Fayette County Leader from Fayette, Iowa on February 1, 1962 · Page 2
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Fayette County Leader from Fayette, Iowa · Page 2

Fayette, Iowa
Issue Date:
Thursday, February 1, 1962
Page 2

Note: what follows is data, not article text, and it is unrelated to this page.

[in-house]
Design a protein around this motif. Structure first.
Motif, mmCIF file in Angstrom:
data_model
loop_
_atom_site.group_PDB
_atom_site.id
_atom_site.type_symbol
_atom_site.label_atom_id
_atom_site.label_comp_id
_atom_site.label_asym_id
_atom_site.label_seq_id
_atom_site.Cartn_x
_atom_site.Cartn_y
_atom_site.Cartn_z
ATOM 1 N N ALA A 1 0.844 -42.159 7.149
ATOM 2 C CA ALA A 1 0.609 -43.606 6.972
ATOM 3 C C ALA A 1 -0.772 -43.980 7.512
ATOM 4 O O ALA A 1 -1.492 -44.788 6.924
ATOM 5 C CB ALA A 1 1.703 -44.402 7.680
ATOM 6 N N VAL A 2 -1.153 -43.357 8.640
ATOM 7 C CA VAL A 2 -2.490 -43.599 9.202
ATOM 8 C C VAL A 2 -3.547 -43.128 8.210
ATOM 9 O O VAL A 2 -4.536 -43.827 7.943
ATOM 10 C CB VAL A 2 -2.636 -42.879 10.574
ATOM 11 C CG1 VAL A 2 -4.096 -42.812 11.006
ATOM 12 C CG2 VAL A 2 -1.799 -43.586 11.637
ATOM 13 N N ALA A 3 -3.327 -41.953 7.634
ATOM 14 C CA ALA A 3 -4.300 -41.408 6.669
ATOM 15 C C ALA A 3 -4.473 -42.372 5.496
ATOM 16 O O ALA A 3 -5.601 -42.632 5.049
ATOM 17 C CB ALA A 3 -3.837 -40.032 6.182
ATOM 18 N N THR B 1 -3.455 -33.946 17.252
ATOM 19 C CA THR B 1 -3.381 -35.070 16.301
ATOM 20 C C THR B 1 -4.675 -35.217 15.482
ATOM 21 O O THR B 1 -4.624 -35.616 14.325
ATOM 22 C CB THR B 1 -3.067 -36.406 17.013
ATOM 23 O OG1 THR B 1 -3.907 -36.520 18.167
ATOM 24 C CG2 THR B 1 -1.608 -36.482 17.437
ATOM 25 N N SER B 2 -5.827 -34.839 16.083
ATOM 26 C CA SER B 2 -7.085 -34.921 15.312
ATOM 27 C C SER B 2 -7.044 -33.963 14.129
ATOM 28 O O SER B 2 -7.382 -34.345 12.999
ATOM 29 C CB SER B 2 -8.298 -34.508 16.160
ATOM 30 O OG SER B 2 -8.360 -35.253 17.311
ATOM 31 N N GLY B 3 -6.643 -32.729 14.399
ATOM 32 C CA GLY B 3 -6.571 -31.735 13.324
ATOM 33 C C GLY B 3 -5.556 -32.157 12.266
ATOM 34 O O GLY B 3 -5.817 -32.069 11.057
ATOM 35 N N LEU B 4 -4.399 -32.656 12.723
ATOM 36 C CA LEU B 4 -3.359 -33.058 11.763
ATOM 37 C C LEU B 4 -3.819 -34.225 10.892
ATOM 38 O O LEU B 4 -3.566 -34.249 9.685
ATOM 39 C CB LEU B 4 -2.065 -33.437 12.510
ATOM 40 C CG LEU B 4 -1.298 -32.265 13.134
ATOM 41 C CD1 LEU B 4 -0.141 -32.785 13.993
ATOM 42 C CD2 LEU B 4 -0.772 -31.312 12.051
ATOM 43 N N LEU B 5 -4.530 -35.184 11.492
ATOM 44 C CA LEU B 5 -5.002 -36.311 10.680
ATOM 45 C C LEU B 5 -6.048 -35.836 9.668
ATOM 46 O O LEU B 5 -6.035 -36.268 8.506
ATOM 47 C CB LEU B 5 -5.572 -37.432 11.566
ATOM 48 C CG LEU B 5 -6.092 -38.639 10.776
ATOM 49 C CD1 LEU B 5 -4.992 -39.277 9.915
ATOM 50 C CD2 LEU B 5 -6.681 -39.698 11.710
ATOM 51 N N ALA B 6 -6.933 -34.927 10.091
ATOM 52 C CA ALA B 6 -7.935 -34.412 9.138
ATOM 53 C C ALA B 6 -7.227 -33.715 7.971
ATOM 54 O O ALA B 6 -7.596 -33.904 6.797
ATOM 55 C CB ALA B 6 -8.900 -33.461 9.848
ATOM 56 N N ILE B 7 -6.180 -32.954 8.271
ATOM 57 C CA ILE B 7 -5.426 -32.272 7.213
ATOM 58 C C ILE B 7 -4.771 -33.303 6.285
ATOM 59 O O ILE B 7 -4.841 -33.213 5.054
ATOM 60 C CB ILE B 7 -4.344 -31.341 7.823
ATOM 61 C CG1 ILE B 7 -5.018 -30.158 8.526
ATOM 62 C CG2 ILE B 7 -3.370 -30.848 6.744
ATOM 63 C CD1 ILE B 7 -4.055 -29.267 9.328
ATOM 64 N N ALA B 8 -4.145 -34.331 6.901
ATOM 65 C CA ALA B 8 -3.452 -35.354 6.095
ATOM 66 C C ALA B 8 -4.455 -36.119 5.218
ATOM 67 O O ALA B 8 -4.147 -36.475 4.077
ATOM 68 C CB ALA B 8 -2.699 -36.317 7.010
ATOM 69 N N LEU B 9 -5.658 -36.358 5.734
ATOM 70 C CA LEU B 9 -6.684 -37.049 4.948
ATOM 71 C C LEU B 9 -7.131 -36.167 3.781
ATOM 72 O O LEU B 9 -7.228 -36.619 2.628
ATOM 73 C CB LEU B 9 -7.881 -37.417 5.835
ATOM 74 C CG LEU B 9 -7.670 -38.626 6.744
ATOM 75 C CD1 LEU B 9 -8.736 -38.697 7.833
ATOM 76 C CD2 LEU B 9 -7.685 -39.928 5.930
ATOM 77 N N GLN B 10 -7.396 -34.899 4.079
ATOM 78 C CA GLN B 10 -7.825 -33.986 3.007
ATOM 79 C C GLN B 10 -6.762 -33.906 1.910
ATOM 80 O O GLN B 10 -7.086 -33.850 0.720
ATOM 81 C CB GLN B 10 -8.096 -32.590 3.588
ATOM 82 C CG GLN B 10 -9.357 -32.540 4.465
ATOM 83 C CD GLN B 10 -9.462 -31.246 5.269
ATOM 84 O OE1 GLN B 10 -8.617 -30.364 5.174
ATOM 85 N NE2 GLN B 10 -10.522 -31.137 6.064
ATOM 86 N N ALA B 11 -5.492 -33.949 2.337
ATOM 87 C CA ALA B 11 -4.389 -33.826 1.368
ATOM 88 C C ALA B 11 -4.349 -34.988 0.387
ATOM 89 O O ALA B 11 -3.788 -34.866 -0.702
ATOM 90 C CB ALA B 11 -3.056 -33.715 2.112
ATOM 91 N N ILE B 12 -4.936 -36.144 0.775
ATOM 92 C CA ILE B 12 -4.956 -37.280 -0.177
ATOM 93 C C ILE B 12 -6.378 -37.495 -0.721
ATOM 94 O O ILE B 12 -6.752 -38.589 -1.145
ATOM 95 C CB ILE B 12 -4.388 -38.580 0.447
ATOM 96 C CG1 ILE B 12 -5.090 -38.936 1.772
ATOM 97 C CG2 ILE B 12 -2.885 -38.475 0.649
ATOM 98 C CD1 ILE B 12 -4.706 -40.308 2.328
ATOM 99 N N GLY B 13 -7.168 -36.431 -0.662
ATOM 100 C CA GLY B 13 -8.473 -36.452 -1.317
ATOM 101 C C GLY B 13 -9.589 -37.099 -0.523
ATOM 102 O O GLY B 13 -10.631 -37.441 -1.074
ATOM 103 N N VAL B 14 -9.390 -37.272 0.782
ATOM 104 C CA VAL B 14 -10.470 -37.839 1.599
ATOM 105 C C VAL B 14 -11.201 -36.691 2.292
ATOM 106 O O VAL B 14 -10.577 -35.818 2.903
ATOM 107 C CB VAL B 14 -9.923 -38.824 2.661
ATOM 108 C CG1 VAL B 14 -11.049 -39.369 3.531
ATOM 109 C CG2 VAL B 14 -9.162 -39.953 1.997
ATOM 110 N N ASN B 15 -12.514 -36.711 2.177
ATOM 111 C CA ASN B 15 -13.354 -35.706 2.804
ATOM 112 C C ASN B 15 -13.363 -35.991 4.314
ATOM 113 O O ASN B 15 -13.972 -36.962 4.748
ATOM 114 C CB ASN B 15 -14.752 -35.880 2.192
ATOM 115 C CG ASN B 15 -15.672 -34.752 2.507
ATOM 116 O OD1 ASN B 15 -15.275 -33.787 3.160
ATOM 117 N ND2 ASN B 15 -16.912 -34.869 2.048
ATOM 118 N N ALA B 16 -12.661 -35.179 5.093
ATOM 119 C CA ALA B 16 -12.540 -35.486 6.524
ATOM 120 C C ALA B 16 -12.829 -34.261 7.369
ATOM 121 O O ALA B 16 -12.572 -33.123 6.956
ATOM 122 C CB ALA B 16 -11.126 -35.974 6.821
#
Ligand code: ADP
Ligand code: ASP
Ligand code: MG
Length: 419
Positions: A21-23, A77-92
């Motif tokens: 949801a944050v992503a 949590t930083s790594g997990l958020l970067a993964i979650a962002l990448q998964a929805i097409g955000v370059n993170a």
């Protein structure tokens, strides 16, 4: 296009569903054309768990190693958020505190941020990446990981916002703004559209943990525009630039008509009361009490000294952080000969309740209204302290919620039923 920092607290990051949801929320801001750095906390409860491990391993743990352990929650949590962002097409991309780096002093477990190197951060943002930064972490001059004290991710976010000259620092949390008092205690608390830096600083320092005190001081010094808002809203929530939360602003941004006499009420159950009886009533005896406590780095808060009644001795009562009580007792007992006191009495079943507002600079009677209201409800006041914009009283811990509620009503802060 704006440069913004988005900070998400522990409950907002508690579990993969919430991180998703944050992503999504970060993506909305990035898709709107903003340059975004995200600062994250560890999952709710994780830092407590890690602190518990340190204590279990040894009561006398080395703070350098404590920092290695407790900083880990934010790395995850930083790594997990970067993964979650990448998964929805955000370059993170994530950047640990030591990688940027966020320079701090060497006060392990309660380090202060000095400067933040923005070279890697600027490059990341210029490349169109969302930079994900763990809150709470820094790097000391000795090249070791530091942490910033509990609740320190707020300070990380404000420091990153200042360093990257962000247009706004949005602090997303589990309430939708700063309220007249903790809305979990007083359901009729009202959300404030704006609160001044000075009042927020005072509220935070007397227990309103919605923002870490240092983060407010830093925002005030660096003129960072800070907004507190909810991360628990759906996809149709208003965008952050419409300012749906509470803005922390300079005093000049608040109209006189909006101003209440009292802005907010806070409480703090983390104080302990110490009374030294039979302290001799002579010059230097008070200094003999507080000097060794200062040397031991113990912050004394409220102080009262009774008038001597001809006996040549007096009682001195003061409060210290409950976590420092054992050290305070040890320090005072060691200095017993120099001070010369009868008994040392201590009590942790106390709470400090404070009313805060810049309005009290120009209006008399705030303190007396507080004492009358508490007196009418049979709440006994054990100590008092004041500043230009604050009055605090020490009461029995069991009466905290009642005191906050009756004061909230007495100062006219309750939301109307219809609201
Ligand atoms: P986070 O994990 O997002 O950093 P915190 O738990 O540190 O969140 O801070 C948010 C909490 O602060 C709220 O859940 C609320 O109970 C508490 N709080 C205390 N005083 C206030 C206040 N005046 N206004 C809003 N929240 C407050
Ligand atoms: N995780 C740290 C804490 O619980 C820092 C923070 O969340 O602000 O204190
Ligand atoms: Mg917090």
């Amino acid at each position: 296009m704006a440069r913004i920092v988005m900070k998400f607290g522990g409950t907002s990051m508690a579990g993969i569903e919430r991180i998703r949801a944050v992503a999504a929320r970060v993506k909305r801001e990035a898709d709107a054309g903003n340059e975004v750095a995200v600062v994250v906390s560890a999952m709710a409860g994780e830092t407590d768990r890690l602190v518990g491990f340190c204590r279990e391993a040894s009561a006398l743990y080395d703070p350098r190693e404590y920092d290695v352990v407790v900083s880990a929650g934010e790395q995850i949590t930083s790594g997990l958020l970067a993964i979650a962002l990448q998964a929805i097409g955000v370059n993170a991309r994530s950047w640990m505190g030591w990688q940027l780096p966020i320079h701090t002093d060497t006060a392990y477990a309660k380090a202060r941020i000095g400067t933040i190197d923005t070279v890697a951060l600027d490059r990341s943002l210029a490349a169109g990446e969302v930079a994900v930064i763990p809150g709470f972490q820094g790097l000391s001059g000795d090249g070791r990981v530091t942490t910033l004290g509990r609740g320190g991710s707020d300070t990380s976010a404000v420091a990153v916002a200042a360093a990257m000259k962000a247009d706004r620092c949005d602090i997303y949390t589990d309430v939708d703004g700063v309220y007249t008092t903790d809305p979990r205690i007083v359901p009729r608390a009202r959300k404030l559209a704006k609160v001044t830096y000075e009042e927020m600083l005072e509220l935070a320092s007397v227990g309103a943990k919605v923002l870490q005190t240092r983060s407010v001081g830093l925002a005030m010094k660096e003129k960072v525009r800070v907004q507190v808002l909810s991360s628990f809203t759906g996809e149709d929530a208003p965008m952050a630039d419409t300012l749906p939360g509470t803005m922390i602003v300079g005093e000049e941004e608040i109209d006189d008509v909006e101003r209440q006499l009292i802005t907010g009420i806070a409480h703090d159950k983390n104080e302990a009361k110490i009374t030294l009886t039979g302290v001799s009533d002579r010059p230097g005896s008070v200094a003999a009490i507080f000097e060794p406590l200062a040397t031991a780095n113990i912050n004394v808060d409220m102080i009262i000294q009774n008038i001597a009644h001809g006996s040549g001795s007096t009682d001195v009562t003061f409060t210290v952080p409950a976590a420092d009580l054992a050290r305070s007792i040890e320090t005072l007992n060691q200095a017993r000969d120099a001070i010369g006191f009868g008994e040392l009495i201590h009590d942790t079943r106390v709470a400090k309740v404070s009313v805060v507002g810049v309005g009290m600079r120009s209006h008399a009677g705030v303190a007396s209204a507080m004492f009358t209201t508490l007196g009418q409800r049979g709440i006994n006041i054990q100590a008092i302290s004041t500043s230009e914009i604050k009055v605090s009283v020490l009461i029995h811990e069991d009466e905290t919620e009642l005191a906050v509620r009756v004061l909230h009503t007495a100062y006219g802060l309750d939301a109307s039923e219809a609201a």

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Established In 1914 "J^ 7 NATIONAL EDITORIAL My Neighbors Subscription Rates .h :r,:r.c Cc-ur.l.es ,:: Av.-.r. r,£ ~~curtties _ $3.03 Per Year 13 50 Per Year •-S puhlishej weekly ;r. Fayette. Ic>w&. ard distrtbuJei ' -r :n:r.r Er.'.crcs st the Post Offree at Fayette. Iowa as.? -ittt- ur.dcr the Act of March 3. 1S7»" Maurice Stoneman. Owner and Publisher Chattin' With Stonev Creek Bottom Comments By Reuben Try not to think about it!" Editorial Comments - - - Increasing Consumer Credit -rycae rrus: f£i r.ie asure :ts i xresst bablc f_~u: the American economy c :ir .surner cretin-arid, m <H a-. r,tr soaring volume of consumer •f- rr^.ry form- mwtgajK*. revolving charge r.ft .'hTHT .t contracts. cre&-t card? which can tv> p-a rurally anything, and so or.. In r >-:-t .<** s means where people can obtain = ?•-: -i:>a and pay far a later. In same if hrot-s. ajurrubles. and major apphanc- -s a-i feu and fa" !>~swr. The majanty • ; - .5 o.o-; :ri rre-d:*, ijf of January 8. Newsweek devoted a :c< c.-ed-t :ts vices and virtues, •id ;is assets, IU sigrcftcanee. ns pro- vs it observes, never before "have so rr.. •,. :••; s: "-••..•:•• many for such an immeas- •-.-£&'* •• anet:. ;.f t-i.rxs " At the end of las year, ft a c:nju —K- debt was ab .Tj: $29fi bilbos, of which h -!~H m :i-:.a £i-i. accounw-d for $175 billion. The largest po-",;:o was cwec ::• banks., with finance companies., ret -. •: .->. cretin unions, and others following. The macazine observes that such relatively new ec^n.-cr.ir ciemenis as. social security and unemploy- ms-nt cxr&izi$£.ticn "have soothed the debtors classic fca- :•? hetr.g yapped by economic collapse and un- err.pl :ym-:-r,t"' But there is much more to the drastically ;r.ar.sec picture than this. To quote again. "Most impr.-tar.t c.f all has been the expansion of the U. S. rruddie das* and its demand for goods, too huge and tx> iniister:*. to be satisfied cm a cash basis. Debt, in fact, has beer. t-arJormed from stigma to status symbol, from a last resort c.f people in need to an en'. -ev the good, material things in life. There are people, of course, to whom credii-easy. abundant crecn-seems as enticing and irresistible as heroin to an addict Newsweek cites some horrible examples A S75*l»0 a year engineer managed to run up a t«ai c.f S6»"..iW in debt ••be wound up in a mental hospital A -M -iman filed bankruptcy papers, then im- rnediau-ly bought worth of clothes on a credit card and added this debt in. A $100 a week clerk took or. sci ma-y installment payments that he had only $2! left to !;ve on. The urrwa-j- and eager are also encouraged by some sellers who go to great lengths to brine in customers with wants, bj: utile money. It cites an advertisement of a used-car dealer which read: "YOU MUST! I Be Unable to GET a Loan. Z Have Bad Credit ? Wan: a .Vice Car. 4. Have Xo Co-Signers." Hew-ever, credit lunacy is not general. According to the magazine, most people who buy on credit keep it within comfortable limits. Only about 1.8 per cent of consumer loans and installment debt become delinquent. Also, only four out of each 1.000 home mortages have to be foreclosed How important is consumer credit as an economic force in encouraging production and distribution em ployment and producing other such plus factors? The answer is,--just about all-important As Newsweek sums it up. the debtor is "the very bulwark of the economy and creator of the U. S. standard of living. Without him. the nation's great industries would slow to a "crawl, and the price of almost everything would soar." It quotes a University of Southern California economist as putting the case this way: "Credit makes possible mass production because it makes possible mass buying." What is the future of credit" The experts think there may be periodic .slowdowns, but that they will be u-mporary and that, over the years, the trend will continue upward. For instance, people borrow after reaching the age of 25. And, starting in 1955. the wartime babies will reach that credit-eager age. The Fayette be proved Tuesday night that t'--..- --e capable c.f playing a \ • • • respectable cam* of haskttba ••>••-."> they are matched aeamst :--:n of their own cahb-e. The:. '• ;:'.-.-d Fred eridtsburg in a v -.ll-r. '"A77. This proves on- " :ng to us. We're in the wr •-; conference. We're considerab!.- .- ma-ler than any uher school - --ur conference now. because ;': the others have reorganised. At the presefdi •..:•"••. and in the near future there -:-.-m> to be no sign of reorganir ' plans. So what's the sense ' our youngsters beating the:- h-ads against the brick walls ' the larger schools. It gets a little '•>: disgusting, for both the pla>>-.= and the fans when the local s•;..:.'ds come out on the short end c' :>> score each time. The spirit of a team and of a school can be l->kc-n quite easily this way. So since there :.- no reorganization talk, why no; ask to be admitted into the same conference as Fredericksburg --here the teams would be meeting other teams from the same size school as ours? It appears to u> that it would be a lot more sensible to be meeting schools our own size than to continually be attempting to play the part of Jack :i>; giant killer. EspeciaUy when J ..ck isn't even on the team. We'd like to rt-evrnmend that the school board and the two coaches give this some serious thought 1/ it could be arranged for next season, the athletic prospects might IOOK considerably better. One day a good friend said, "Reub, you shouldn't take politics too serious, it might drive a man nuts". We now have reason to think he might be al! too near right. A few evenings ago, while cooking our supper, a terrible sudden meditation hit us smack between the eyes, as we were frying a few slices of trade name cured and smoked "Breakfast Beef" ( 39c per Vi-lb. ) A little old poverty stricken HOG farmer having "Breakfast Beef for supper??? Perhaps he should see a bone specialist, and have his head examined? We hope our very own worst enemy won't get any more mixed up than that. An now a TRUE story, involving our great American, "Dee", as told by Carlton Douglas of San Francisco. Mr. Douglas alleged that when he had been in the Army only a few days, he encountered Genera] Dwight D. Eisenhower standing alone beside his staff car, one morning. Recruit Douglas was carrying some articles in his right hand, so he saluted "Ike" with his left hand. Gen. Eisenhower said, "one minute son. how long have you been in the Army?" Recruit Douglas replied, "this is my first week, SIR.! General Eisenhower reached into his car, took out brief-case in his right hand, then deftly shifting the brief-case to his left hand, he came to attention, and saluted, saying, "Good morning, sir". At that exact moment General Maxwell D. Taylor came onto the scene. He took one look at "Ike" saluting the recruit, snapped to attention, saluted Recruit Douglas, saying "I don't know who in the- hell you are, but good morning, sir". Jeff Ferris of Flagstaff. Arizona, tells this one. A little old lady was visiting Arizona for the first time, smack in the middle of deer hunting season. She commented, "I didn't expect to see so many people carrying guns, but you do have one sensible law, that I didn't expect". She was asked, "which is that, Auntie?" She replied, "why, this business of making all the drunks wear red hats". P. S. We will get back to politics and taxes, next week. To sponsor dance The Fayette Youth Center will sponsor a dance this Saturday. Feb. 3. All Youth Center members and their guests are ir.vited. En tertainment will be furnished by a special guest Dancing will begin at 8:.'<0 and end at 11:30. Three civil cases Three civil cases were filed last week in the Fayette county Clerk of courts office. Duane Belfy vs. Russell Miller Milling Co.. LeRoy Hardman, James Elliott: Security Thrift and Acceptance Corp., Damages, $7,500, $2,250 and costs and $5,000 and costs. Betty Belfy vs. Russell Miller Milling Co., LeRoy Hardman, James Elliott: Security Thrift and Acceptance Corp.. Damages $17,500 and costs. J. J. Levin vs. Harold Hamlin and Miriam Hamlin, $552.30 interest and costs. Homemakers Dateline by Dorothye EL Busching Fayette County HOME ECONOMIST Fayette School News Do you use your freezer as effectively and efficiently as possible? Many times bornemakers fail to utilize all of the services and possibilities their freezer offers them. The topic "Freezer Care and Management" <vill be discussed on Feb. 5, at the extension office in Fayette. The meeting is open to two leaders of any organized dubs, federated, PTA. neighborhood or township. It will be planned so these leaders will be prepared to present the discussion to their dub. D-E-B New and convenient forms of potatoes are putting this item back into public favor. Did you know tlie average person now eats six more pounds of potatoes than he did in 1957? This increase has come entirely in processed forms of potatoes. Estimates are that this average person eats 87 pounds of fresh potatoes, 12 pounds of potato chips, 8 pounds of frozen potatoes and six pounds of dehydrated potatoes a year. D-E-B Have you been watching dothing labels lately to see if they list generic names in compliance with the new Textile Fiber Products Identification Act? Although you may be more likely to recognize such familiar names ad Dacron or Orion, these names are not the generic names which must be on the label. Polyester is the generic name for Dacron as well as for KodeU Fortrel and Vycron. Acrylic is the generic name for such familiar trade names as Orion, Acrilan, Cresjan and Zefran. It's fun to check dothing Libels to see if they bear these generic names! D-E-B Ho* ..and where may nuts be best stored to retain their flavor? Because of their fafeb fat content, they rrstst be stored in an airtight .coiaincr in-lb* refrigerator. Rethe development «f <WX *Sy, Ifesatted nuts keep toper than salted, because salt Herbert Hoowr. recounted the spoken by bread." D-E-B For a tastey variation of bread to serve with pizza or Italian spaghetti, spread hot toast with garlic butter. The garlic butter can ouickly be prepared to suit your taste by adding garlic salt to softened butter. " D-E-B The bulletin "Meat in our Meals" may be a worthwhile addition to your cookbook or cooking file. Available free from the Extension Office, this bulletin contains information on buying, cooking, serving and storing meats in the name. It also gives detailed directions for carving meats. If you would tike this bulletin, drop us a card asking for bulletin HE9, and we will be glad to send it to you. D-E-B Don't forget the meeting on "Freezer Care and Management" to be held at 1:30 p. m. on February 5 at the Extension Office in Fayette. If you would like more information about the meeting and who may attend, please contact me. Remember it is open to representatives from all organized groups in the county. Copies of any bulletins mentioned previously ic. this column may still be obtained from the Extension Office. Just drop us a card! D-E-B Play parts cast Fayette has cast the parts for the one-act plays to be pre seated at 8 p. m on Thursday, Feb 8 in the Fayette gym. They are as follows: MY DEAREST ENEMY Mrs. Jackson. Daymna Dumermuth: Janet Jackson. Diane Ashby: Junior Jackson. Ric Miller; Emily, a girl friend. Carol Clark; and Davy Kendall, a boyfriend, Larry Williams. Emily is Janet's best friend, but is really all for herself. She uses Janet in order to make herself the most popular giri in school- Janet finally convinces Emily that popularity is not all important FOG Elderly woman, Susan Homewood; middle-aged woman. Renee Jellings; and young woman. Winnie Mae Zbornik. The scene of this d-amatic play is late at night at an airport There is a dense fog which has delayed the arrival of a plane. Three woman wait tensely, hoping and praying that a safe landing can be effected. Each is waiting for the dosest to ber heart— a mother for her son, a wife for her husband, and young girl for her fiance LIKE FATHER-LIKE SON Mrs. Maxwell, mother Harleyn Cue; Mr. Maxwell. Tom Borchert; Wither Maxwell, Tom Alshouse; Connie Maxwell, Chariene Lever- ingtan; Betty Leo, linda King.; and Hercules Nelson, Tom Schmidt The women in this family have all the "necessities", such as watches, formals, and costume jewelry. The men must economize and do without such luxuries. Finally, they divise a plan to "turn the tables" and fool the women. So come for a night of fun and enjoyment for the whole family. good it is to exercise after lunch. 3. Don't kick snow near the picnic area, kick it IN the picnic area. 4. Throwing snowballs is hardly safe; find a piece of ice. 5. If you feel that everyone is ignoring you. gracefully step in the potato salad 6. II things seem to be rather dull, insist that everyone join in on a brisk game of leap frog just after third dessert Here are just six of the many ways in which you can make a winter picnic more interesting. In select chorus The following people compose the Select Chorus. They are chosen from the large mixed chorus from try-outs held one day last week. SOPRANES Ann Austin. Renee Jellings. Barbara Burget. Shari Bierbower, Harleyn Cue And-ea Nadeau, Linda Van Sickle, Marge Webb. Sherryl Miller Chariene Leverington, Mary Manson. Arlene Friedly, Janet Scheidel, Sharon Thyer. Sue Crafton. Charlyn Hennig. ALTOES Karen .Ash. Dayna Dumermuth, Sharon Henry*. Barbara Alber, Judy Langerman. Ruth McNulty, Mary Austin. Winnie Mae Zbornik, JoAnn Quandt, Dianne Ashby, Carroll Scbeuty, Sharon Farley, Joyce Oelberg. Roberta Gage, Sherryl Keig, Jean Cowles. TENORS Jostin Talcott, Don Rhode, Dane McBride, Gary Maimer, Kathy Keig, Barbara Keig. BASSES Larry Keig, Max Dilley, Mike Schneider, Dennis Bumgardner, James Rhode, shaped like a com flakes box, doesn't mean that j-ou're just a little bit better. T-N-T Karen, we're so pleased to see you so ambitious in Sborhand. Not all people are so dedicated to their work that they- will capitalize ALL the words. T-N-T Notice to all biology students: You will need the following "tools" Tuesday in addition to the regular instruments. 1 pair of rubber gloves. 1 coffee can, ( or any other container ), 1 blindfold, 1 dothes pin, 1 alka seltzer, 1 jar smelling salts. T-N-T, My goodness, what this weather does to people. Why this cold temperature turns her hair redder every day Tsk, Tsk!! Maybe some hair coloring would do something for you Barb. T-N-T Andy, was your "allergy" worse Tuesday night. We noticed you coughing and sneezing when we walked into the Lansing gym The fresh air did some good, didn't it? T-N-T Plant Mr. and Mrs. Henry Demeulen- aere of Victor have a philodenron plant that is at least 30 feet long and is still growing. They also have another one that is 13 feet long. Rules for winter picnic By Marge Rules for a Winter Picnic ( If anyone is crazy enough to have one ) L Don't plan a picnic when the temperature is 0 degrees; wait all its 20 below. Z If you find someone you don't particularly care for, bide the "Thin Ice" sign and tell them bow This *n That — By Marge Mary, how is the "dog" situation out at your farm? ? ? ? I've had numerous requests from your fans to ask you this, so***????""" T-N-T Overheard: Just because you're Hot Lunch — Monday — Tomato soup, crackers, milk, beef burger, bread and butter, apple crisp. Tuesday — Chili and crackers, milk, cheese sandwiches, apple sauce, relish tray, cake. Wednesday — Weiner in bun, milk, baked beans with ham, sunshine salad, peach sauce. Thursday — French fried chicken, green beans, milk, corn bread and honey butter, fruit juice, pear half. Friday — Fish sticks, tarter sauce, potatoes and butter, bread and butter, peas, fruit cup, milk. Bowl Where You See The Magic Triangle AO Teams & JndKrickni Bonders Welcome — 8 ALLEYS — LILAC LANES l ausectera We* Union, loir* EARL SCHNEIDER INSURANCE AGENCY la A Regular INSURANCE SUPERMARKET Where You Get TV BEST DEALS ON INSURANCE And You Get Sl^VICE.TOO! FAYETTE THEATRE Thura, • FrL • Sat, Feb. 1 - 2 - 3 DORIS DAY JACK L6MM0N In TWINKLE AND SHINE Sun.. Mon. • Tuea. Feb. 4 - 5 - 6 SONYA WILDS JAMBS WtANaSCUS la I PASSED FOR WHITE Harlan Homemakers Discuss window Treatment recently MAYNARD — Group singing of familiar songs and the "Farm Bureau Spirit" opened the meeting of the Farm Bureau Homemakers of Harlan township Tuesday. Jan. 23, in the home of Mrs. I. P. Stewart with Mrs. Donald Fish, music chairman as the leader. The lesson on window treatment was presented by Mrs. Gene Brownell and Mrs. Orland Struve and followed by open discussion on the merits and practicability of the several curtain materials now available. Mrs. Raymond Lang, chairman, opened the business hour with a report on the recent county women's business meeting at Fayette. Future meeting places, dates and topics for Harlan Homemakers were written in the year-books and plans were made for serving two dinners. One will be for a men's meeting at the Farm Bureau building. Fayette, late in February- The other will be at the Community hall for Farm Bureau men and women of Harlan township on Feb. 5. This will be a 7:30 p. m. ham dinner followed by a social hour. Mrs. A. F. Bergman, reading chairman, reported the names of eight women who have read five or more books the past year. They are Mrs. Lang, Mrs. Fish. Mrs. W. P. Truesdell, Mrs. Harold Hare, Mrs. Struve, Mrs. Henry Kappmeyer, Mrs. John Thiele and Mrs. Bergman. These women and others in the county with like records will be honored at the annual county Women's Day program at the Maynard Community hall on Mar. 19. A large amount of materials for handwork was brought to the meeting in response to the request of Mrs. Ivan Gamier, chairman of the special project for the year. These will be taken to the County Home to help supply handwork for its residents. 3 new assistant Commissioners approved Fayette County Soil Conservation District Commissioners approved Ervin J. Burrack, Albert Bodensteiner, and E. W. Maurer as assistant commissioners at their January meeting. Five applications for district cooperator agreements were approved; Leonard F. Duffy, Jefferson Township. Roland Gilliam, Jefferson Township, J. Leo Lynch, Eden Township, Harold Diemer, Bethel Township, William Wilson and Churchill Williams, Scott Township. The three commissioners Alfred Stewart, Hildor Gilbertson, and Carl Lueder attended the Annual Commissioners Short Course at Ames Jan. 24 and 25. The annual dinner and election of a commissioner to the Fayette County Soil Conservation District for a six year term is to be held in the Farm Bureau building in Fayette Feb. 12, 1961 Between 1850 and 1860, the population of Vermont was reduced by half. This was caused by an extensive migration westward JAMES E. BROMWEU, SECOND IOWA DISTRICT Emergency loans to eligible farmers may be applied for at the local office of the Farmers Home Administration through June 30. 1952. Every county in the Second District has been made eligible by reason of weather damage to crops. —B— The President's trade program has been proposed. One point of major controversy now dear is the "adjustment assistance" portion which would provide aid for persons and industries affected by tariff reductions. The dispute among Communists over "co-existence" is not a dispute over how to get along with the United States; it is a disagreement as to whether force should be used in taking over the West. The new farm program proposals expected very soon. Word is that the Department of Agriculture still has not decided on all its recommendations. Someone should coordinate, a) the Wilderness bill which would permanently retire 60 million acres, b) Agricultures' proposal to permanently retire 25 million acres, and c) regular national park and monument creation. For every dime we will spend on Agriculture next year, we will spend over 16 cents for interest alone on the National Debt ( at about $19,000 per minute ). —a— Yugoslavia's position is that in the event of war between East and West it would be on Russia's side. Last week the United States approved the shipment of valuable nucear material to Yugoslavia upon its word that it would be used only for "peaceful purposes". Missionary nurse to Speak at local church Miss Leora Strope, missionary' nurse to the Republic of Haiti, in the West Indies, will speak Saturday, Feb. 2. at the Fayette Wesleyan Methodist church, at 2 p. m. and 7 p. m. Miss Strope, who first went to Haiti in 1958, has been stationed at Port Margot as a part of- the expanding missionary program of the Department of World Missions of the Wesleyan Methodist church in Haiti. Twenty-five missionaries together with a large staff of national preachers are active there in evangelism, and operate three Bible schools, two hospitals and three dispensaries. Miss Strope, a graduate of Marion college, Marion Ind, and of nurses' training at the Immanuel Institute, Omaha, Neb., taught at the Brainerd Indian school in South Dakota and served as pastor's assistant in the Gordon, Neb. Wesleyan Methodist church before going to Haiti. Miss Strope, who is residing at Orchard, Neb., plans to return to Haiti for a second term after completing her furlough period. Career After nearly 60 years with the Ores ton newspapers Charlie Miner recently retired. He had started his long career as a printer's devil in his early teens. He was born in Creston and has lived there all his life. NEW SPRING MERCHANDISE... ... LS NOW ARRIVING DAILY. AT MAURER'S IN FAYETTE Selection Includes A Large Assortment of • SPRING MATERIALS SEWING SUWilES ^ • SPORTS DENIMS DRIP DRY WEAR * 111111